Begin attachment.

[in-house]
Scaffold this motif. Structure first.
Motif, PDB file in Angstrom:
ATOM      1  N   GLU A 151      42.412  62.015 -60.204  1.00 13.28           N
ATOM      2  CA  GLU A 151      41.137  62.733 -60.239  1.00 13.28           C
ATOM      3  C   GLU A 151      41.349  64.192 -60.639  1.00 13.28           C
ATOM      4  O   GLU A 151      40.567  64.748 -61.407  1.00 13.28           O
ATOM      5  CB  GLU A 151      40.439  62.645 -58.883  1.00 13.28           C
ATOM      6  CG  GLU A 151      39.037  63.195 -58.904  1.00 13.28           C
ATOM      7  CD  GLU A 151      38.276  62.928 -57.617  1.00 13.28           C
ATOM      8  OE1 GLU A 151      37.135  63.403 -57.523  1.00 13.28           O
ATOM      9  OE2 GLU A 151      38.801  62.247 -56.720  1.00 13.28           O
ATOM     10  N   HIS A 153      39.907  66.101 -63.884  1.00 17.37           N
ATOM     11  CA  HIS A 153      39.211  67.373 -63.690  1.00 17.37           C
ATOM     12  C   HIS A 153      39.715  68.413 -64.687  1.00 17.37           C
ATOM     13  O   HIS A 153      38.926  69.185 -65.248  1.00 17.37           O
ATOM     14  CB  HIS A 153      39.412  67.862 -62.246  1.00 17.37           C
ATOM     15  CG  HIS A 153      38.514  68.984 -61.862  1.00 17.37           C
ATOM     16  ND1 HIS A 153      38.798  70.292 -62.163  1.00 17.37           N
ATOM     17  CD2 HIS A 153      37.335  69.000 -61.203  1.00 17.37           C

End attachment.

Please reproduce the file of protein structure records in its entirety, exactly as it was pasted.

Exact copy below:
[in-house]
Scaffold this motif. Structure first.
Motif, PDB file in Angstrom:
ATOM      1  N   GLU A 151      42.412  62.015 -60.204  1.00 13.28           N
ATOM      2  CA  GLU A 151      41.137  62.733 -60.239  1.00 13.28           C
ATOM      3  C   GLU A 151      41.349  64.192 -60.639  1.00 13.28           C
ATOM      4  O   GLU A 151      40.567  64.748 -61.407  1.00 13.28           O
ATOM      5  CB  GLU A 151      40.439  62.645 -58.883  1.00 13.28           C
ATOM      6  CG  GLU A 151      39.037  63.195 -58.904  1.00 13.28           C
ATOM      7  CD  GLU A 151      38.276  62.928 -57.617  1.00 13.28           C
ATOM      8  OE1 GLU A 151      37.135  63.403 -57.523  1.00 13.28           O
ATOM      9  OE2 GLU A 151      38.801  62.247 -56.720  1.00 13.28           O
ATOM     10  N   HIS A 153      39.907  66.101 -63.884  1.00 17.37           N
ATOM     11  CA  HIS A 153      39.211  67.373 -63.690  1.00 17.37           C
ATOM     12  C   HIS A 153      39.715  68.413 -64.687  1.00 17.37           C
ATOM     13  O   HIS A 153      38.926  69.185 -65.248  1.00 17.37           O
ATOM     14  CB  HIS A 153      39.412  67.862 -62.246  1.00 17.37           C
ATOM     15  CG  HIS A 153      38.514  68.984 -61.862  1.00 17.37           C
ATOM     16  ND1 HIS A 153      38.798  70.292 -62.163  1.00 17.37           N
ATOM     17  CD2 HIS A 153      37.335  69.000 -61.203  1.00 17.37           C